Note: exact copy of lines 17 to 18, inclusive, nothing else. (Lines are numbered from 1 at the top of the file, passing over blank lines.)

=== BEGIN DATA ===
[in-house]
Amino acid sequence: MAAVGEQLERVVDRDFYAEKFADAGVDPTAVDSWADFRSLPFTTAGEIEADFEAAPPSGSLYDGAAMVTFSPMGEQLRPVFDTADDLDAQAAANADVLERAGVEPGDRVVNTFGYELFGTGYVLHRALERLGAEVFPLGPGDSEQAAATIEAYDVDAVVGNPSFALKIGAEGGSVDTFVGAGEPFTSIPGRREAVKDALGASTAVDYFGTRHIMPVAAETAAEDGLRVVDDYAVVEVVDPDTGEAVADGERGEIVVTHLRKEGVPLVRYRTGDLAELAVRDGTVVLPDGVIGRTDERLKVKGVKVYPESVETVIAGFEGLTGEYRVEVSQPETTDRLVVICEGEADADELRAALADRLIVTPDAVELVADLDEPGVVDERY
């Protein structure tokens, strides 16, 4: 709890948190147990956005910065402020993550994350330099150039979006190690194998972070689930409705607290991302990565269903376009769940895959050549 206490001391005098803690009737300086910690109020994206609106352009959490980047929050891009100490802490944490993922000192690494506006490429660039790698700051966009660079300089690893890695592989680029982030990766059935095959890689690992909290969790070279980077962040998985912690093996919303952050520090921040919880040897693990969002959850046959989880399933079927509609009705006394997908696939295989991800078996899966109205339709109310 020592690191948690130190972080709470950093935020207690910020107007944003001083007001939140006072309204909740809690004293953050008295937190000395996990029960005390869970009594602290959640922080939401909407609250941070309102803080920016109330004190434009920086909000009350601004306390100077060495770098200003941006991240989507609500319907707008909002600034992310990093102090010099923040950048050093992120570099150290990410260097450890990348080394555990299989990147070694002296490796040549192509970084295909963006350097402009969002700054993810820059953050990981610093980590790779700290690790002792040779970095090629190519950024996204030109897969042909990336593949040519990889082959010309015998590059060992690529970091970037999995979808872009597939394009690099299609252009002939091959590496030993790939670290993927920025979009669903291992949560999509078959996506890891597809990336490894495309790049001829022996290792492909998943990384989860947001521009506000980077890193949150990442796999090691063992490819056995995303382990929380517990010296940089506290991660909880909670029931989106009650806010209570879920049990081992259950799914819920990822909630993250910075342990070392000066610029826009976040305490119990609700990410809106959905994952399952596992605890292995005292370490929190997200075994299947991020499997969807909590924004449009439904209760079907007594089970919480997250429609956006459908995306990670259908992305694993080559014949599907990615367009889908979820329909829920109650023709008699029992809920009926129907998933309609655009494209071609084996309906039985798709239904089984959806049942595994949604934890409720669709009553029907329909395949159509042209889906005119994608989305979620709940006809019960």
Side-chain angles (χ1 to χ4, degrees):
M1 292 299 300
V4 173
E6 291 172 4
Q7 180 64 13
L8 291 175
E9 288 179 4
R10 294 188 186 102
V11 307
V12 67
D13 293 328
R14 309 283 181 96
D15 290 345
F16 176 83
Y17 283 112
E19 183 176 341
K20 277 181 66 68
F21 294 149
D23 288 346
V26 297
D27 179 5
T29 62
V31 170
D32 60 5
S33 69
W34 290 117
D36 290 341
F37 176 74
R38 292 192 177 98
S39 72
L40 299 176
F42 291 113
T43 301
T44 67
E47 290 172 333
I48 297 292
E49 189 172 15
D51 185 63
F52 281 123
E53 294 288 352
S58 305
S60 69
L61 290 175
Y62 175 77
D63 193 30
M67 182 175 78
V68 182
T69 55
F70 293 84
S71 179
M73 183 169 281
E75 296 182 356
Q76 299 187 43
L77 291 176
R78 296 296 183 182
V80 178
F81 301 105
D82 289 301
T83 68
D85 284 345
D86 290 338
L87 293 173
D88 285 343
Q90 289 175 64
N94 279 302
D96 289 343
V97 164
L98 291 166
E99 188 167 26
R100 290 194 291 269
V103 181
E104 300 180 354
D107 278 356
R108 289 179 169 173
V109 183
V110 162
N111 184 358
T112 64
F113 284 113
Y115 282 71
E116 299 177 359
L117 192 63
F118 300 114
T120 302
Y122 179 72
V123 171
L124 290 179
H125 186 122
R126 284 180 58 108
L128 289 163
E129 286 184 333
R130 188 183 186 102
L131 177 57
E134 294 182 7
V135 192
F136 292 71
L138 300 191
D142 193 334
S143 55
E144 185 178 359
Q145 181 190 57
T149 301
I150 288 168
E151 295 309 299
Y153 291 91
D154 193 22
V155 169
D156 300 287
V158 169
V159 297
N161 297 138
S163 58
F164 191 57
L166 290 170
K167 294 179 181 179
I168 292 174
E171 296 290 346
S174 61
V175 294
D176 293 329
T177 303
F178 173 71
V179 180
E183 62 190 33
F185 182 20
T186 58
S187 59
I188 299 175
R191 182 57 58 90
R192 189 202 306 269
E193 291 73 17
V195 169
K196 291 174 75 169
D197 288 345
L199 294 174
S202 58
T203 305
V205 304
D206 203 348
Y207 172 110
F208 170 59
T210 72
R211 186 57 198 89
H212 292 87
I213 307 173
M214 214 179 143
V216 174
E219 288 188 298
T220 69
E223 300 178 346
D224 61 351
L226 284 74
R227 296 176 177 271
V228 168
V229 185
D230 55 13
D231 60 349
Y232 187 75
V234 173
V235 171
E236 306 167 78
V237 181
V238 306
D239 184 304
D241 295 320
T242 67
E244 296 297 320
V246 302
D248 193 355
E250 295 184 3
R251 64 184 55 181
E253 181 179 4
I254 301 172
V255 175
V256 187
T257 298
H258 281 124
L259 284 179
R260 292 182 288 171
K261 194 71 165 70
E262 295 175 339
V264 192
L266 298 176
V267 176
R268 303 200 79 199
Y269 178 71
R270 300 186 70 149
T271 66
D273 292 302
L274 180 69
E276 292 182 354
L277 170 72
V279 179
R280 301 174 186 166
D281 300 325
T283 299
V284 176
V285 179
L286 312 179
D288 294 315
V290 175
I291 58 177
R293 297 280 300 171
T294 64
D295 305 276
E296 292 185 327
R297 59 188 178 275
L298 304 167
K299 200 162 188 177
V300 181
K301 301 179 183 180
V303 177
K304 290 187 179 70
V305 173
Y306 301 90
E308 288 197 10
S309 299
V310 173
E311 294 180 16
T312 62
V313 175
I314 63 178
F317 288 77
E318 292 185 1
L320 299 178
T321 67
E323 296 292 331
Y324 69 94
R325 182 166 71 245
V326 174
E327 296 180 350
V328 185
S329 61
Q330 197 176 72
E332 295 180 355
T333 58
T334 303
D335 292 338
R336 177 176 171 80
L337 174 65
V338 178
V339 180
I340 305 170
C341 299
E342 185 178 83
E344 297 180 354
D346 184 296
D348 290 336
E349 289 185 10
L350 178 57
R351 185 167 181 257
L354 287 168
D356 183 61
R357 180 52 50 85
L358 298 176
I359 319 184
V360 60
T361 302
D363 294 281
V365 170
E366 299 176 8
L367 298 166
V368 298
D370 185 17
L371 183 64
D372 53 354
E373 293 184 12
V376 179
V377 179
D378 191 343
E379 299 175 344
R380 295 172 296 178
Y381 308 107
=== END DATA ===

F16 176 83
Y17 283 112